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Thinking About Real Estate Investing? Skip Wholesaling

Tom Sylvester
4 min read

Wholesaling is the selling of merchandise to anyone other than a retail customer. The merchandise may be sold to a retailer, a wholesaler, or to an enterprise that will use it for business, rather than individual, purposes.*

With a few tweaks, we can cater this definition to describe real estate wholesaling.

Real Estate Wholesaling

The selling of real estate (or the right to purchase real estate) to anyone other than the retail home buyer.  The properties may be sold to another real estate investor, rehabber or landlord that will use it to provide business profit rather than individual use.

Whenever I hear someone ask about how they should get started in real estate investing, the response is typically to become a wholesaler.  The classic “guru” pitch for perspective real estate investors is that you can get started in real estate quickly, easily and make huge checks from wholesaling houses for just a few hours worth of effort and no money.  Just like every other guru pitch, this sounds good in theory but is very different in reality.

I cringe every time I hear that advice.  Sure, there are people that get started with wholesaling and have success, but the vast majority do not.  So I was very happy when I listened to BP Podcast 037: Full Time Income, Part Time Lifestyle Real Estate Investing with Aaron Mazzrillo.  Aaron, who has done quite a few wholesale deals, also recommends that new investors do not start out with wholesaling.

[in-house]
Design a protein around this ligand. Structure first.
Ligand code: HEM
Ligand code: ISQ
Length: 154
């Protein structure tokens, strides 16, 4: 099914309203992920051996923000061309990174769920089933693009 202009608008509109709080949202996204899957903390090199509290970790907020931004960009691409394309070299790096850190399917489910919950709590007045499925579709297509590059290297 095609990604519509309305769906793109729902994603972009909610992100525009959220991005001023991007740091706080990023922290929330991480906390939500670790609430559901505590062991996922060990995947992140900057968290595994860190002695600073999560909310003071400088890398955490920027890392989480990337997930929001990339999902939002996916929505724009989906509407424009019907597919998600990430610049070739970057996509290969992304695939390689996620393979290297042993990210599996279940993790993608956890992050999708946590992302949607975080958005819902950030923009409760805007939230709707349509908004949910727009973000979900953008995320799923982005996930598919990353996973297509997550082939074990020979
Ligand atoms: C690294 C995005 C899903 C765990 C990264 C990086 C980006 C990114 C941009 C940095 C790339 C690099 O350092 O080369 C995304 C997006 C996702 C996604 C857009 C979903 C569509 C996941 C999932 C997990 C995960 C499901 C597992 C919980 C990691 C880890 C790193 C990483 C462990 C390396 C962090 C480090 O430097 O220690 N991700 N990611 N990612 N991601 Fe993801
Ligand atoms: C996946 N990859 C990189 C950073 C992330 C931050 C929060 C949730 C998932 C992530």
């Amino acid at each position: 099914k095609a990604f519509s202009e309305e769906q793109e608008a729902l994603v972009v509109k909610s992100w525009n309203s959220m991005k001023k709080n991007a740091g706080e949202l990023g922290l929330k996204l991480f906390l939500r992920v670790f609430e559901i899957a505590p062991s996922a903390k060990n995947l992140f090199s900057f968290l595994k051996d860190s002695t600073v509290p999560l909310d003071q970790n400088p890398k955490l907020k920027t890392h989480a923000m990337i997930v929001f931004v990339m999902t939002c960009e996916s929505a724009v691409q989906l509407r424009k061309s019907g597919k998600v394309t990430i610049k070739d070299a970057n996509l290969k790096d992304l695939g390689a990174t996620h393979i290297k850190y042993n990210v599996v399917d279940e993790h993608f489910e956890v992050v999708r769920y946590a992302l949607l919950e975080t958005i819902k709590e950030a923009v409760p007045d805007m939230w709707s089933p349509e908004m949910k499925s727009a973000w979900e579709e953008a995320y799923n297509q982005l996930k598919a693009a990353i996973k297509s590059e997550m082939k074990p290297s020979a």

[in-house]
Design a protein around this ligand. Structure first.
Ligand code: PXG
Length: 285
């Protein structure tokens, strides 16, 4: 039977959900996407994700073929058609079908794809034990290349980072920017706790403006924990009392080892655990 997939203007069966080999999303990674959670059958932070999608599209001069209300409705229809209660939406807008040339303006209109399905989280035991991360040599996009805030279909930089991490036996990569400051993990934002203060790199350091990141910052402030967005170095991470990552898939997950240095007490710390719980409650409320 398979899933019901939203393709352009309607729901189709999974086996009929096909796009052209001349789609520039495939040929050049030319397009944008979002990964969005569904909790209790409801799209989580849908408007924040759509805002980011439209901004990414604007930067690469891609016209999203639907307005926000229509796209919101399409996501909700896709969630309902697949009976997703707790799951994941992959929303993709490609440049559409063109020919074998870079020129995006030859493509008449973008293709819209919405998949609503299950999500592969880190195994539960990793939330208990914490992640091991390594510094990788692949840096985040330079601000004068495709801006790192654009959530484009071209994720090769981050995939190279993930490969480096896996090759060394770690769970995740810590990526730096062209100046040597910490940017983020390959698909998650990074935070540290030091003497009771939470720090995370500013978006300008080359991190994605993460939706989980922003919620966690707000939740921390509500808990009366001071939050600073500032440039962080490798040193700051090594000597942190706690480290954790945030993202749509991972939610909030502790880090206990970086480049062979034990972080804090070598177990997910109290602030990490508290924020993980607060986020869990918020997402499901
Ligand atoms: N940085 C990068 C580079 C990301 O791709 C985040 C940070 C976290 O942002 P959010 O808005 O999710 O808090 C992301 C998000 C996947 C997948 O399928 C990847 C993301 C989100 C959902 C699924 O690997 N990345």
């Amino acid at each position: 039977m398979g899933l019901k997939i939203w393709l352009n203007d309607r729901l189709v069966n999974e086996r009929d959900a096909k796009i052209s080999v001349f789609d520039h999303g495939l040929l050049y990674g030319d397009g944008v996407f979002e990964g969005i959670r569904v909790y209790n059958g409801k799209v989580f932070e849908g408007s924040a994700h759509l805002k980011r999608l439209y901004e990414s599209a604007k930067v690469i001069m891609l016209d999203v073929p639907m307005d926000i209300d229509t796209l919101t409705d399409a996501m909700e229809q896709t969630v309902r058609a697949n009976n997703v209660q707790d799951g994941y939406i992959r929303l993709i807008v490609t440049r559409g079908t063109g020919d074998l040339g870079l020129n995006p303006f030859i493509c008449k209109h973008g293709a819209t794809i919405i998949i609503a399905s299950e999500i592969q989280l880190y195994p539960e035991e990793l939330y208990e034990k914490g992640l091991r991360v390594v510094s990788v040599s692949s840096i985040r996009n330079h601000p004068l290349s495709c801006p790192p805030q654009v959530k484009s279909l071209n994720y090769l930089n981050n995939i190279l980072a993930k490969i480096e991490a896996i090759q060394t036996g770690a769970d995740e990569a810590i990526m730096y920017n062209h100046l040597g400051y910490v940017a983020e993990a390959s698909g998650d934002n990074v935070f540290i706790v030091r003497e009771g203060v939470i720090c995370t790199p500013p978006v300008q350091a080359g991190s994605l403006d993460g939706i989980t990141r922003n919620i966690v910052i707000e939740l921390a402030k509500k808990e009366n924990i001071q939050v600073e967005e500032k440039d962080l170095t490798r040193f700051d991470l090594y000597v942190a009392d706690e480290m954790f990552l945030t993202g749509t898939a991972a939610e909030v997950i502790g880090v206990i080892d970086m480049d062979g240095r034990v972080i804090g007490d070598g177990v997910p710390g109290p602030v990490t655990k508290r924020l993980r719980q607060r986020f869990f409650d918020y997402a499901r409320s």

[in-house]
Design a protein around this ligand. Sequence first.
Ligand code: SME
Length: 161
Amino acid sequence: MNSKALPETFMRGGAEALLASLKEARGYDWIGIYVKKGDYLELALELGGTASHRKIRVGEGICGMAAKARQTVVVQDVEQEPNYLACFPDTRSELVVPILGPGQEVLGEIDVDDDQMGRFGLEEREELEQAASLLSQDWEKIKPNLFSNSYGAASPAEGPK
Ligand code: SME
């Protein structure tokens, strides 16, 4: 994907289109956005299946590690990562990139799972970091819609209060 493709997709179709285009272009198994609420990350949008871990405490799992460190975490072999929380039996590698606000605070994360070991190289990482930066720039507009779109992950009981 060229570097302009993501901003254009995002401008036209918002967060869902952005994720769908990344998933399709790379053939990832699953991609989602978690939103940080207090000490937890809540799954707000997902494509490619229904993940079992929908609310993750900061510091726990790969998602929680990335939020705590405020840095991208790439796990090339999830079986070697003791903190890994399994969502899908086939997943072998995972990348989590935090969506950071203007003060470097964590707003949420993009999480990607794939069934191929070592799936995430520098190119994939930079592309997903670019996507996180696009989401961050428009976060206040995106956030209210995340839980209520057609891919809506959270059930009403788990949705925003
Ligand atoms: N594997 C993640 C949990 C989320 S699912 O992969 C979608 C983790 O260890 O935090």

Below are a few examples that I have seen of people who try to start wholesaling and fail.

Signs of a Newbie Wholesaler

  • They attend a local REIA (Real Estate Investors Association) and pass out a “buyer’s application” to investors.  This is part of building their buyer’s list, which they are told they need so when they get a good deal they have a large pool of people to purchase the property.  They focus on quantity over quality and just want a large buyers list.  Often times good wholesalers will only have a few buyers that they typically sell to, and these buyers will purchase most of their deals.